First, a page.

Part two considers questions related to entrepreneurship, creativity, and governance. For both Elinor and Vincent, it was important to model individuals as fallible but capable persons who are alert to opportunities to enhance their mutual goals. A diversity of institutions can emerge in different contexts to facilitate social cooperation by lowering transactions costs. The four essays in this section each point to different ways in which the self-governance literature is capable of developing. Anas Malik’s essay “Polycentricity, Culture, and Covenant” shines, as it delivers a ton of added-value for scholars unfamiliar with the entirety of Vincent’s work. Malik does a wonderful job of succinctly summarizing Vincent’s ideas on the importance of covenants for sustaining self-governing orders, as well as their role in a federal system of democratic governance. He then connects these ideas in a compelling way with both Elinor’s work and the more recent literature. The chapter concludes with a bold call for more inquiry between the humanities and the social sciences, an idea he draws from Vincent’s own willingness to cross disciplinary borders. Dario Castiglione’s essay “Social Learning and the Bonds of Self-Governing Communities” is an excellent comparative investigation of James Buchanan and Gordon Tullock’s conception of constitutionalism with that of the Ostroms. The essay grapples with a central challenge of constitutional political economy—the role of social learning and shared models of commitment. I found this section of the book to be richest in terms of laying out lines of inquiry that will likely have the widest appeal.

Part three brings together three diverse essays that each stand as examples of how to incorporate specific theoretical aspects of the Bloomington School approach into applied research. Filippo Sabetti and Rosolino Candela begin by reexamining the typical account of Sicily’s underdevelopment. They argue that a deeper attention to context yields a more nuanced understanding of the types of productive orders that emerged and could be sustained given the specific institutional landscape. Michael Fotos III’s essay gives the reader a sense of how typology may matter for evaluating policy, and advances the suggestion that shared intentionality of groups may provide a better benchmark for assessing outcomes. The final essay of the volume is a case study of community forest membership in Chitwan, Nepal. True to Elinor’s own form, the essay examines a particular empirical case of community forestry governance, while connecting the findings on the ground with theoretical ideas concerning sustainability and equity.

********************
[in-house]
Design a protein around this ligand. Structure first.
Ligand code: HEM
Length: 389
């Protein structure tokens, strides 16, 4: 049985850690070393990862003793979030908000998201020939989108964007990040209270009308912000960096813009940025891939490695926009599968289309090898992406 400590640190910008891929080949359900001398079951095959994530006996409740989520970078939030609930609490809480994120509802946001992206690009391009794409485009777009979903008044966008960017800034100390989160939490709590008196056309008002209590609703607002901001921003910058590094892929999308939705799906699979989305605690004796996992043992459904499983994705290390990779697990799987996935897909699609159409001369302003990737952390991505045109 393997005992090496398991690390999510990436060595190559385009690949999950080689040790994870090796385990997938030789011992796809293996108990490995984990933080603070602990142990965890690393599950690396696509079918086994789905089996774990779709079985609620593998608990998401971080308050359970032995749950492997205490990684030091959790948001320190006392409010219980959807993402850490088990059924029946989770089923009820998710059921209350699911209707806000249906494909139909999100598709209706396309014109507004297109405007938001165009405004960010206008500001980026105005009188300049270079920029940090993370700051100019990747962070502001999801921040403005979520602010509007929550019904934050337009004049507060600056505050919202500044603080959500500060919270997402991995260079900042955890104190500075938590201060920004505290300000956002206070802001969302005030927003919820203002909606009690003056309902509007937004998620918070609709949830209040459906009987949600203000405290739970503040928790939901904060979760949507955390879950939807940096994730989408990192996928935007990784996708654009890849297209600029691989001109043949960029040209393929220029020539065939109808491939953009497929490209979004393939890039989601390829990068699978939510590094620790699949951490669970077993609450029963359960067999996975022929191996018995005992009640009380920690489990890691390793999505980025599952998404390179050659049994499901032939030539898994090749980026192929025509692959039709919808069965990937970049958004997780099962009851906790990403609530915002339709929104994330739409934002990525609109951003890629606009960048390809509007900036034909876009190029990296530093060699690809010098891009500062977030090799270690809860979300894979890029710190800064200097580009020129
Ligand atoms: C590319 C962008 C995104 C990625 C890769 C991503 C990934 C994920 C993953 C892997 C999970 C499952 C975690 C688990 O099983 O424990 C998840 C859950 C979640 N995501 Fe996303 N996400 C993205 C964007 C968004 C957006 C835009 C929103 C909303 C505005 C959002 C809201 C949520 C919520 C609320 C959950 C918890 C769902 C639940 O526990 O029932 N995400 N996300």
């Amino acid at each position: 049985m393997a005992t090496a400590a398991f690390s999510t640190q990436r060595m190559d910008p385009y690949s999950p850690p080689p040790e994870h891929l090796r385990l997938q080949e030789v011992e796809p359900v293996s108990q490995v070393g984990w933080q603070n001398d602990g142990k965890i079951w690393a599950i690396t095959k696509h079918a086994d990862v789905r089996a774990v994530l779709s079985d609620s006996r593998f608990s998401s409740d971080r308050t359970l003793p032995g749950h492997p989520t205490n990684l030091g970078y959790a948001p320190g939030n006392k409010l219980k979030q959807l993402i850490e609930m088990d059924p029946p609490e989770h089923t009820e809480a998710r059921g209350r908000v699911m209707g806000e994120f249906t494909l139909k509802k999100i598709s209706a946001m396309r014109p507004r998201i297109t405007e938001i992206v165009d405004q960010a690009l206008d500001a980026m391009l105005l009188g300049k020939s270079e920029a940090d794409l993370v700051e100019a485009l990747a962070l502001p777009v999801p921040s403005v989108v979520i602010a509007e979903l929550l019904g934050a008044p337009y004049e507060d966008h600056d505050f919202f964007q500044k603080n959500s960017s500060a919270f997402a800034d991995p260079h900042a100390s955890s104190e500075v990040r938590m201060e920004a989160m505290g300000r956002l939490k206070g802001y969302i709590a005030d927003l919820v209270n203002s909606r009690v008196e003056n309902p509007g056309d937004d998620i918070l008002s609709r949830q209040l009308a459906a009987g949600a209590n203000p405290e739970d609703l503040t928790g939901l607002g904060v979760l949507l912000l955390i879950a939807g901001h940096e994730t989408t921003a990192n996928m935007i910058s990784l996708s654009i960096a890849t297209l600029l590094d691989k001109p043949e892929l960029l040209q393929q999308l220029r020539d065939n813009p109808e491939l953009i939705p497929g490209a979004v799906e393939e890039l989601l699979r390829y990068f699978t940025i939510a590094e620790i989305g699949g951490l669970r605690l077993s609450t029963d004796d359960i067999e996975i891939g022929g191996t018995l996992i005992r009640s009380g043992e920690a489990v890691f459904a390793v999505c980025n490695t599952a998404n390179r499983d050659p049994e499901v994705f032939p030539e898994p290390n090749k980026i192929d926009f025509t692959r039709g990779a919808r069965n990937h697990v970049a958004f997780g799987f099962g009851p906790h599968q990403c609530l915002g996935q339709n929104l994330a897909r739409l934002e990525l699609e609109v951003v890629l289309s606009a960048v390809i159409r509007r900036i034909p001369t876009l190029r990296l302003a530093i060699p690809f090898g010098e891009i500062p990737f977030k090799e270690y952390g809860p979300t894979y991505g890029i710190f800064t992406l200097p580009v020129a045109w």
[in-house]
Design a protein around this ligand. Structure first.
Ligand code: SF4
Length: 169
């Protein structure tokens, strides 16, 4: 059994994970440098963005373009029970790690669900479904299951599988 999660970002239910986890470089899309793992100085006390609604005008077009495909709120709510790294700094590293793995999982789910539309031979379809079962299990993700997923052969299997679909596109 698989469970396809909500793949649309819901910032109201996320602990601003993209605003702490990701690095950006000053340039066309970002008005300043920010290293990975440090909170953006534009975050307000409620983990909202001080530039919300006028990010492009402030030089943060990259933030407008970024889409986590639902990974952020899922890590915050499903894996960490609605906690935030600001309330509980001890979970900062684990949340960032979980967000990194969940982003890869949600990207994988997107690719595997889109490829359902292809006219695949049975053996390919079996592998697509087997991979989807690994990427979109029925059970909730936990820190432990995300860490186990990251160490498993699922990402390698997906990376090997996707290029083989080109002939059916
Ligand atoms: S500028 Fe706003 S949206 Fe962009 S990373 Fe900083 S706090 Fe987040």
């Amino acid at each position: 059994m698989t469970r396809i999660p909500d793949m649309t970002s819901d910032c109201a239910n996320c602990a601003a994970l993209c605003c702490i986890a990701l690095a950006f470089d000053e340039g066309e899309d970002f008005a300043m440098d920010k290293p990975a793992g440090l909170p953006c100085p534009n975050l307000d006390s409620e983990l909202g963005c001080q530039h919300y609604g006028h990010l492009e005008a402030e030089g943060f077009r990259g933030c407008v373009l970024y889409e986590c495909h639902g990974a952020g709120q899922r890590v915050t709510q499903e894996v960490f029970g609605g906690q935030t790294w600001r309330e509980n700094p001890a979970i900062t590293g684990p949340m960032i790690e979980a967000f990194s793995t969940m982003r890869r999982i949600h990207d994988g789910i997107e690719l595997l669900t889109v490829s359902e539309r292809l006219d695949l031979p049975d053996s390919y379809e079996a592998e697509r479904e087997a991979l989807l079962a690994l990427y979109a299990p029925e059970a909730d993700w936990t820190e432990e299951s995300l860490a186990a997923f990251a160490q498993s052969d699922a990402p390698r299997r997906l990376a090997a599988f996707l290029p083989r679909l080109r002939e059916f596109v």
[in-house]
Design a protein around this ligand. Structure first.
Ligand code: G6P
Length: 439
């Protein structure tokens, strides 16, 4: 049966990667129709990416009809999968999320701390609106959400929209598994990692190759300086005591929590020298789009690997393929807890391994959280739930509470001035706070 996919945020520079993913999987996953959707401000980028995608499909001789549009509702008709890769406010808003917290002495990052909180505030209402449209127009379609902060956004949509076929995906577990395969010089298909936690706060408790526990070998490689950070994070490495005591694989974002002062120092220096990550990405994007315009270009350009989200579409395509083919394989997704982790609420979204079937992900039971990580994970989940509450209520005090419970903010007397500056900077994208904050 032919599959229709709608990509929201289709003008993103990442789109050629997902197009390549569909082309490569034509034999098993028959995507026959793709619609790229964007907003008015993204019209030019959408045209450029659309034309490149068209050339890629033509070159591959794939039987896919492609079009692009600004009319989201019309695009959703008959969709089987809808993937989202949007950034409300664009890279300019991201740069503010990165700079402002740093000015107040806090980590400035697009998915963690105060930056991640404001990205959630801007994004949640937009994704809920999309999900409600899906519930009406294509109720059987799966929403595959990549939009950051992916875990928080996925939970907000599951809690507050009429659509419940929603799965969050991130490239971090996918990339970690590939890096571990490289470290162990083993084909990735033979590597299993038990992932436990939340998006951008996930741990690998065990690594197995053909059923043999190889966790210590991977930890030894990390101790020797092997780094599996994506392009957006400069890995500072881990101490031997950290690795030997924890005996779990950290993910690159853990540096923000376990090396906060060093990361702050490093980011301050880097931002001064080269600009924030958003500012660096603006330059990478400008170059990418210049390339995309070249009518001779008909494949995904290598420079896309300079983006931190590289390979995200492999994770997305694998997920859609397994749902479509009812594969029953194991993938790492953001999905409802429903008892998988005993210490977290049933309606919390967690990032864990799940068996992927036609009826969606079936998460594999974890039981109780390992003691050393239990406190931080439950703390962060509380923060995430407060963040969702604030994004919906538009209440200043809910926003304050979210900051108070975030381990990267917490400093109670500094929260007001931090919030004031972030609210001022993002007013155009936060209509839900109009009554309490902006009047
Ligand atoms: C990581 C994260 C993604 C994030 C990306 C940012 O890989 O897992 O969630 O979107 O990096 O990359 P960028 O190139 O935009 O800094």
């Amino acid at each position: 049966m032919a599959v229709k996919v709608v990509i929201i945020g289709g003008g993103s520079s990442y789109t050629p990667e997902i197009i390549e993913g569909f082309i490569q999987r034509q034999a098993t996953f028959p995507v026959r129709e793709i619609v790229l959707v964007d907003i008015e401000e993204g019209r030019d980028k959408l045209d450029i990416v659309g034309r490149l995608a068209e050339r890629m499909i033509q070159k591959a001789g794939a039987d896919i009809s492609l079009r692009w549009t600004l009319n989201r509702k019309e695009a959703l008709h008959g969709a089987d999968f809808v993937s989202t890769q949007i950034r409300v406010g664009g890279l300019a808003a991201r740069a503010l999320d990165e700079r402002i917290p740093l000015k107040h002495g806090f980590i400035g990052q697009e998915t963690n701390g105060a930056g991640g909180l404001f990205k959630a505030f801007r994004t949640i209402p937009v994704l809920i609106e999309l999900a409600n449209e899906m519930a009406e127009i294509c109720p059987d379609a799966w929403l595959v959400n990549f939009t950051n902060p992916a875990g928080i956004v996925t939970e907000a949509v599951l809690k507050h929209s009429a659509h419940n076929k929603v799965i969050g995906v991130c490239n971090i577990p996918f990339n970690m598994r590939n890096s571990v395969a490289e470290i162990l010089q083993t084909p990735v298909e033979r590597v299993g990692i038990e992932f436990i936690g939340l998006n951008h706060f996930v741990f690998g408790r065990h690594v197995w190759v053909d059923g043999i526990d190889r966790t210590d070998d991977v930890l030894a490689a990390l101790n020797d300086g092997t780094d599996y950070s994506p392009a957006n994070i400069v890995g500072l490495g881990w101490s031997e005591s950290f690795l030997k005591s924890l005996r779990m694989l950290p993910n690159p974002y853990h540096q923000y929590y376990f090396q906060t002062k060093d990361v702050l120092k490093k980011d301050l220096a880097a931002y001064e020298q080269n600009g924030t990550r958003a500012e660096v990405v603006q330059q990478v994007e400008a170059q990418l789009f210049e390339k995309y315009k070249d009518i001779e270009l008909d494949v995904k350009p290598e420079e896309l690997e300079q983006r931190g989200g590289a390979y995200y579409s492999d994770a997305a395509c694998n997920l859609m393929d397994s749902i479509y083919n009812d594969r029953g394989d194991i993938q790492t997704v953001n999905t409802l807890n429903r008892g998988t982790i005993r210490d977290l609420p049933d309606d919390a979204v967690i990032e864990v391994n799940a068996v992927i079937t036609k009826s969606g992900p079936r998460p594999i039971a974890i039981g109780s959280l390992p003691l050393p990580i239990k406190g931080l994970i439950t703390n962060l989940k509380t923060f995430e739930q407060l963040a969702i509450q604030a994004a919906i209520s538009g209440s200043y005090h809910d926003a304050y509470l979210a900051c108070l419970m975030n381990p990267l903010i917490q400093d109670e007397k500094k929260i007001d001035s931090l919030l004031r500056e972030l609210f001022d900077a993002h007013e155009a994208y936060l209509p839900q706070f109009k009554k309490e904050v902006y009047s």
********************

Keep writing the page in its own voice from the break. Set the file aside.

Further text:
Researchers across political economy are not likely to find every chapter relevant to their work. In addition, there are clearly essays in a number of important areas that could have made their way into this volume. For example, toward the end of her life, Elinor was working on polycentric approaches to climate change. This is one of the biggest problems being discussed in both policy arenas and academics, and I believe the insights of the Ostroms could bring new perspectives to these questions. Another area for further development is understanding the relationship between the Bloomington School and fellow travelers such as Virginia Political Economy. Dario Castiglione’s essay gives readers a taste when comparing Buchanan and Tullock’s conception of constitutionalism with that of the Ostroms, but this is but one example of the cross-fertilization that occurred between Bloomington and Virginia.

Overall, because the chapters provide a sampling across the range of possible extensions of these research areas, the volume is a fruitful read. Those unfamiliar with the Ostroms’ work but researching questions of self-governance broadly defined may benefit the most from selected essays that provide an overview and extension of their work. Other scholars familiar with Elinor and Vincent’s contributions will benefit from seeing new ways these ideas are being adapted to important questions. The editors of the collection have done a fine job selecting relevant and engaging essays that showcase the depth and ongoing usefulness of the Bloomington School research paradigm. Institutional Diversity in Self-Governing Societies is a worthy addition to the political economist’s library.

Emily C. Skarbek
Brown University